The Origin of Humans
OK, some might argue that the origin of humans and the origin of life aren’t the same, and I’ve got to give it to you. Humans aren’t simple single-celled amoebas (although I’ve met many with about the same I.Q.), they are a complex organism with high functioning intellect (again, there are exceptions to this rule. Just go outside for long enough). Scientists first speculated that humans are ancestors of the great ape, which makes sense to a certain extent. Great apes live in small communities similar to humans’ early societies, they use tools, and they have opposable thumbs.
The thing that still baffles scientists, though, is that most evolutionary chains are uninterrupted; our speculated chain on the other hand, with apes as our ancestors, is missing multiple links. That made scientists stroke their long white beards (don’t all scientists have long white beards?) and say, “I think we might be approaching this all wrong,” while scratching their heads under their top hats (scientists wear top hats, right? Maybe I’m thinking about chimney sweepers).
So, they went back to the dusty expanses of the Ethiopian desert, where they found a skeleton that changed everything they thought about our lineage. Then, a few years later, they found an older skeleton of an early primate that could be an ancestor. And so on and so forth. As it stands, scientists still haven’t found the proverbial missing link that connects us to primates, and every new fossil they find puts the fork where ape and hominid species diverge further, and further, back. We’ll just have to wait, I guess.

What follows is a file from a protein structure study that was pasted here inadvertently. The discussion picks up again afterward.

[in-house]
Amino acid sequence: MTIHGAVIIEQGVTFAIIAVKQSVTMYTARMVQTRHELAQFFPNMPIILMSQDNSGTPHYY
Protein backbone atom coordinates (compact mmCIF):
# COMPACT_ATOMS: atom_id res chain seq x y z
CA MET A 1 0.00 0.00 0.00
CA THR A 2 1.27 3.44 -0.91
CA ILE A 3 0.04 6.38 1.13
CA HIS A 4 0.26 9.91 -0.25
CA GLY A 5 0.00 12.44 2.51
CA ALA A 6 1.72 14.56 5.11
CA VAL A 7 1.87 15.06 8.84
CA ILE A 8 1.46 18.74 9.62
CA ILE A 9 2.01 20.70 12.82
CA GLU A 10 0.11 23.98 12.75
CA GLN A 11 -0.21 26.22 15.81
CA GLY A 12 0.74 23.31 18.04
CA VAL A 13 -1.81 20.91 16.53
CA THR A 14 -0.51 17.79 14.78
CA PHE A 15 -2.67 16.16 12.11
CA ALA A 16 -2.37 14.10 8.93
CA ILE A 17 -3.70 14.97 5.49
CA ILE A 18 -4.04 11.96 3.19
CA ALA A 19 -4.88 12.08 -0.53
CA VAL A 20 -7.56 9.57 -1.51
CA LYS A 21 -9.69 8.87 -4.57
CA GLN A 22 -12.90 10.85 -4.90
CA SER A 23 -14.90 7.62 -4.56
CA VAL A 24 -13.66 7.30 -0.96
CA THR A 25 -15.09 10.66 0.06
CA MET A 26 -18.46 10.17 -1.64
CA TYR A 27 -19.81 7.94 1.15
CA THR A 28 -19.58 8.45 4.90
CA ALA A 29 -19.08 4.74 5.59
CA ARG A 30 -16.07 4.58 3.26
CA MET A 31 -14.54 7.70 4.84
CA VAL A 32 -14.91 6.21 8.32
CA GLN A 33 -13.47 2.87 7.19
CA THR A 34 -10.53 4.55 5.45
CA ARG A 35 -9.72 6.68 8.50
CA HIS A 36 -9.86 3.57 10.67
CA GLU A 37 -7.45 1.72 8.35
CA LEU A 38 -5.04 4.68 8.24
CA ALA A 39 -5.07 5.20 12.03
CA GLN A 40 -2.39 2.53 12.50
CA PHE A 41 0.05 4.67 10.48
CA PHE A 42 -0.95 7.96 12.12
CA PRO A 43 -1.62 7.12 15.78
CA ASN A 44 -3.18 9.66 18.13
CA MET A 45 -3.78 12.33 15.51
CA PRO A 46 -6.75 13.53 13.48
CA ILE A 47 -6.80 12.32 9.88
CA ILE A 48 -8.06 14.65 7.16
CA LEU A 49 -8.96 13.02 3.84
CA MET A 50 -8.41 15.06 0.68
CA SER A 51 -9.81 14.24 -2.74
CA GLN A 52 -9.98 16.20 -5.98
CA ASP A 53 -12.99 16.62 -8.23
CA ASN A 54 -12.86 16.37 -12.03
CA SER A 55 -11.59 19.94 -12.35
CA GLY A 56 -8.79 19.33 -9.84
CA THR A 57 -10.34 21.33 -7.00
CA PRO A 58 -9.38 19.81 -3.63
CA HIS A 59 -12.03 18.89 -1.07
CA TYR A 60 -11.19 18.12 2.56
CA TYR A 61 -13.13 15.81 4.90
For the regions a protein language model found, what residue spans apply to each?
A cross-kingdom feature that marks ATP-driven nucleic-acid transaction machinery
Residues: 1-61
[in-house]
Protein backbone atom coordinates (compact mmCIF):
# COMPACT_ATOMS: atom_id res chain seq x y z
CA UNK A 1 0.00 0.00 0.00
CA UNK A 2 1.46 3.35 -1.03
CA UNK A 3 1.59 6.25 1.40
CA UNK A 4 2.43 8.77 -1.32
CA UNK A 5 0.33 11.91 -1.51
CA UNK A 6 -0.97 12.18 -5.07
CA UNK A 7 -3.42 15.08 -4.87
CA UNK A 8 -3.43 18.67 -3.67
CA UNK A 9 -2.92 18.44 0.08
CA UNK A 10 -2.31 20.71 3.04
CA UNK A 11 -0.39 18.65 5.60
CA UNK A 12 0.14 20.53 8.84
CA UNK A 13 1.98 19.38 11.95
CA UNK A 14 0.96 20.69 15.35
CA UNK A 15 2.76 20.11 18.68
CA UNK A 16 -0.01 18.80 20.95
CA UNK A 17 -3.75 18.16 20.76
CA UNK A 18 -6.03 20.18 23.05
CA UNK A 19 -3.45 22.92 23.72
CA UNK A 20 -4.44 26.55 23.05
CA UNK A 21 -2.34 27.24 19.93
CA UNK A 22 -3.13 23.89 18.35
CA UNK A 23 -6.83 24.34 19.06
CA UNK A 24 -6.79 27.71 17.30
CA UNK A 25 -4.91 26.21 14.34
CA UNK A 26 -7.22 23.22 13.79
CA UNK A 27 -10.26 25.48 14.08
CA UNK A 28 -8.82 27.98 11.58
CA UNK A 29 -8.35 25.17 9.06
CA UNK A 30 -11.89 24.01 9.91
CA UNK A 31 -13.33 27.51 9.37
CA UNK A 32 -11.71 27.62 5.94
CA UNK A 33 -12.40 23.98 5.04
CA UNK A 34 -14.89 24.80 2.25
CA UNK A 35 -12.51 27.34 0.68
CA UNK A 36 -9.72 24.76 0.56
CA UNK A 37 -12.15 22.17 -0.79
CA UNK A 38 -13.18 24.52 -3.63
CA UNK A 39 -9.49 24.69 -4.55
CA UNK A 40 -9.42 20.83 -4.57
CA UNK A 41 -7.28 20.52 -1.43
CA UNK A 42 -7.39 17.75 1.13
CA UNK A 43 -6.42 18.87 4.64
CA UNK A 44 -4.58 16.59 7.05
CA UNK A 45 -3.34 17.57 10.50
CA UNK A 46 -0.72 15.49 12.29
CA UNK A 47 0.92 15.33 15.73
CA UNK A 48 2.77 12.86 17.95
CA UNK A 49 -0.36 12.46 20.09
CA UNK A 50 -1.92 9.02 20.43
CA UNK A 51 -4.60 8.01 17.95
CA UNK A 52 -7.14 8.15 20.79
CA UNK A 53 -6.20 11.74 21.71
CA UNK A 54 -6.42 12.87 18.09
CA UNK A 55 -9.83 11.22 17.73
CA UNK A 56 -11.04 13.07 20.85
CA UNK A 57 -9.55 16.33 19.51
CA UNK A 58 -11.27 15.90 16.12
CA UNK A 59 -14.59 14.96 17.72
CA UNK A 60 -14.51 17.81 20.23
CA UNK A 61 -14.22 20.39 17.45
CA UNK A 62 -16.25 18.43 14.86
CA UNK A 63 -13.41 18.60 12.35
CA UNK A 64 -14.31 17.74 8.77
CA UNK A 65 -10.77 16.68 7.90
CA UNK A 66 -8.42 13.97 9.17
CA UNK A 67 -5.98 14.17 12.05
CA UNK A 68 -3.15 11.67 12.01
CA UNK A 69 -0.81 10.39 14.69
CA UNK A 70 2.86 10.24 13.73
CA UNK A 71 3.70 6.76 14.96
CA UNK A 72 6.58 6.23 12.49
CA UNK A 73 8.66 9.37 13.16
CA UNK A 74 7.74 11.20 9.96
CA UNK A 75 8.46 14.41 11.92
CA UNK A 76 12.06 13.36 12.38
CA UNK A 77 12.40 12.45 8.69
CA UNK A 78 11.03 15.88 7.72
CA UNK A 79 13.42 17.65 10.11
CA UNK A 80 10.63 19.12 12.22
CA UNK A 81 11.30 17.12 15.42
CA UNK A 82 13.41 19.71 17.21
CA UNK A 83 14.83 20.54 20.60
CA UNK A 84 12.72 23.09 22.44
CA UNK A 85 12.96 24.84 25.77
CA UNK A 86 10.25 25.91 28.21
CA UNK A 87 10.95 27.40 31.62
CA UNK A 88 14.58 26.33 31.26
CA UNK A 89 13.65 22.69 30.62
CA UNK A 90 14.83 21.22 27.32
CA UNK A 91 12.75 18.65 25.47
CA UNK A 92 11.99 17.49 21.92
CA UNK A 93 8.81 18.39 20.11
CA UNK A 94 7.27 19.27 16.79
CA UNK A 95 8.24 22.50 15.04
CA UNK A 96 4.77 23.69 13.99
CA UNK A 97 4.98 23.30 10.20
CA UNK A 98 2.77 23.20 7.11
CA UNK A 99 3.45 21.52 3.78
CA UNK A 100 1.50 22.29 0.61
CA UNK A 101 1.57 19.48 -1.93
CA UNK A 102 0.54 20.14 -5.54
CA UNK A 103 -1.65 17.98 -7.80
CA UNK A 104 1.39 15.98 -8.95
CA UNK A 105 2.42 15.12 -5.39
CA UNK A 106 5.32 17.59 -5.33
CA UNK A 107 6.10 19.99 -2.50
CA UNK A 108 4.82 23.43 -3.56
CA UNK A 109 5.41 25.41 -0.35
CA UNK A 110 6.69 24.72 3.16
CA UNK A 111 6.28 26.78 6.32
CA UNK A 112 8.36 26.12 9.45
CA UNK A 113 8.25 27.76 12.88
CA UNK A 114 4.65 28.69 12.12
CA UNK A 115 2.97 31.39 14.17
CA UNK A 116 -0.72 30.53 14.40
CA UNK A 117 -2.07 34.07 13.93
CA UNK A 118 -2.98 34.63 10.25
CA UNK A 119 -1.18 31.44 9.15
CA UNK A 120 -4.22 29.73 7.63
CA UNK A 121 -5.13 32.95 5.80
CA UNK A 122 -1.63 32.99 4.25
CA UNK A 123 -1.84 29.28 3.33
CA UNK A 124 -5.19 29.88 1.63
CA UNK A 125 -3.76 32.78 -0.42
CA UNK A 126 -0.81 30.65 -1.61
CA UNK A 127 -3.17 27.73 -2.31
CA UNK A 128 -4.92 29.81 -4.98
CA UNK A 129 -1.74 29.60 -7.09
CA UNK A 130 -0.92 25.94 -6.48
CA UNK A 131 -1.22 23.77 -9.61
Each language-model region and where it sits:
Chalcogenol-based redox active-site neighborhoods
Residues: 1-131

There is a school of science that postulates that religion tradition can actually corroborate science’s claim on the origin of humans. This group of scientists believes that God was a grand architect of sorts, setting up the natural world and then allowing evolution as described by biologists to take its course. The unfortunate reality of being a theistic evolutionist is that you basically p*ss everyone off, or at least the people that believe God created man independent of all other life forms, and the sane people that believe that humans evolved from another subspecies. These scientists sit in limbo in between the two arguments saying, “Why can’t we just all get along?” but nobody gets along with anybody. Just read the Bible for proof of that – the first part is like a History Channel documentary on how many ways people can kill each other.
Young Earth Creationism
I left the most amusing for last. These geniuses believe that the Earth is just 10,000 years old and that humans were created concurrently with every other life form on Earth and even the Earth itself was created at the same time – a cosmic *POOF* and everything appeared, if you will. Dinosaurs hung out with humans, humans hung out with mammoths, and mammoths where eaten by humans. Sounds pretty metal, actually… I don’t know why I used Metal twice in the same article, especially considering that I enjoy just a spot of languid elevator music, but in small digestible portions I’m very easily excitable.
What’s your perceptive on the origin of humans? Let me know in the comment section below.